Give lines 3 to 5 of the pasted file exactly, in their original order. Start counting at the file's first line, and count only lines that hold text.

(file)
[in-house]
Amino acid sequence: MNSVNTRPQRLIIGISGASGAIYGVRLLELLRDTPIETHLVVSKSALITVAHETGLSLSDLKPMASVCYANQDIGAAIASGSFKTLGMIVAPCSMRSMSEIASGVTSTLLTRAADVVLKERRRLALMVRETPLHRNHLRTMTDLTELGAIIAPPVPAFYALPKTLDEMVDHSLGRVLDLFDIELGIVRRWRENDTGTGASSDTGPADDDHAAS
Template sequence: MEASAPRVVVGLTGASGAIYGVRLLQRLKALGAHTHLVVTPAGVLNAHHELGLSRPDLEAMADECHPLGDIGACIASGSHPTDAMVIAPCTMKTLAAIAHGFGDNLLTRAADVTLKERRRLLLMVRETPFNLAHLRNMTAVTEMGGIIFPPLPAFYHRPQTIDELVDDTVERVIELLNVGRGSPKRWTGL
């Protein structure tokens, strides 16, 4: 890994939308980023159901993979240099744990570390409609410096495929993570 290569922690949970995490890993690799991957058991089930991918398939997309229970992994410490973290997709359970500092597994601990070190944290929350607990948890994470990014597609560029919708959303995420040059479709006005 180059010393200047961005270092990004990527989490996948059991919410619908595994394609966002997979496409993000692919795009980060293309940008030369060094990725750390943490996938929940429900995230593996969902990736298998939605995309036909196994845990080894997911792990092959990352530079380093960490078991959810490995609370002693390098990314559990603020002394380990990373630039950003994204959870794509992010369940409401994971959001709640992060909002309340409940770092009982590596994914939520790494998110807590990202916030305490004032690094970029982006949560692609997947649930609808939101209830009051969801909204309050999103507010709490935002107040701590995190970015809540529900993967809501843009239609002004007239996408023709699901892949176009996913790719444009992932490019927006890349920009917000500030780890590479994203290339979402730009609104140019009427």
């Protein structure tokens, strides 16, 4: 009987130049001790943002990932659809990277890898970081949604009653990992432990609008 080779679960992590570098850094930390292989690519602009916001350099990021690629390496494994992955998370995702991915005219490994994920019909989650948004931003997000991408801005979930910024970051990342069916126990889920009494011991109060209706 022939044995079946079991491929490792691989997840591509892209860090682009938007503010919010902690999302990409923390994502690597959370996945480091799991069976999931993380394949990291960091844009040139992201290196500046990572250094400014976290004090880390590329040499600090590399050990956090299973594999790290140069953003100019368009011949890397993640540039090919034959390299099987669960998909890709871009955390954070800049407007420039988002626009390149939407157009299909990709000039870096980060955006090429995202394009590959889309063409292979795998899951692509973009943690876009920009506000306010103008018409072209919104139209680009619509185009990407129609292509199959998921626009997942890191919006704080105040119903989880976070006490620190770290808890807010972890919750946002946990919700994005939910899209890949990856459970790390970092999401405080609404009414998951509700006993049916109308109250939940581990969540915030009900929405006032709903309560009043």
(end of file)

Template sequence: MEASAPRVVVGLTGASGAIYGVRLLQRLKALGAHTHLVVTPAGVLNAHHELGLSRPDLEAMADECHPLGDIGACIASGSHPTDAMVIAPCTMKTLAAIAHGFGDNLLTRAADVTLKERRRLLLMVRETPFNLAHLRNMTAVTEMGGIIFPPLPAFYHRPQTIDELVDDTVERVIELLNVGRGSPKRWTGL
């Protein structure tokens, strides 16, 4: 890994939308980023159901993979240099744990570390409609410096495929993570 290569922690949970995490890993690799991957058991089930991918398939997309229970992994410490973290997709359970500092597994601990070190944290929350607990948890994470990014597609560029919708959303995420040059479709006005 180059010393200047961005270092990004990527989490996948059991919410619908595994394609966002997979496409993000692919795009980060293309940008030369060094990725750390943490996938929940429900995230593996969902990736298998939605995309036909196994845990080894997911792990092959990352530079380093960490078991959810490995609370002693390098990314559990603020002394380990990373630039950003994204959870794509992010369940409401994971959001709640992060909002309340409940770092009982590596994914939520790494998110807590990202916030305490004032690094970029982006949560692609997947649930609808939101209830009051969801909204309050999103507010709490935002107040701590995190970015809540529900993967809501843009239609002004007239996408023709699901892949176009996913790719444009992932490019927006890349920009917000500030780890590479994203290339979402730009609104140019009427």
């Protein structure tokens, strides 16, 4: 009987130049001790943002990932659809990277890898970081949604009653990992432990609008 080779679960992590570098850094930390292989690519602009916001350099990021690629390496494994992955998370995702991915005219490994994920019909989650948004931003997000991408801005979930910024970051990342069916126990889920009494011991109060209706 022939044995079946079991491929490792691989997840591509892209860090682009938007503010919010902690999302990409923390994502690597959370996945480091799991069976999931993380394949990291960091844009040139992201290196500046990572250094400014976290004090880390590329040499600090590399050990956090299973594999790290140069953003100019368009011949890397993640540039090919034959390299099987669960998909890709871009955390954070800049407007420039988002626009390149939407157009299909990709000039870096980060955006090429995202394009590959889309063409292979795998899951692509973009943690876009920009506000306010103008018409072209919104139209680009619509185009990407129609292509199959998921626009997942890191919006704080105040119903989880976070006490620190770290808890807010972890919750946002946990919700994005939910899209890949990856459970790390970092999401405080609404009414998951509700006993049916109308109250939940581990969540915030009900929405006032709903309560009043």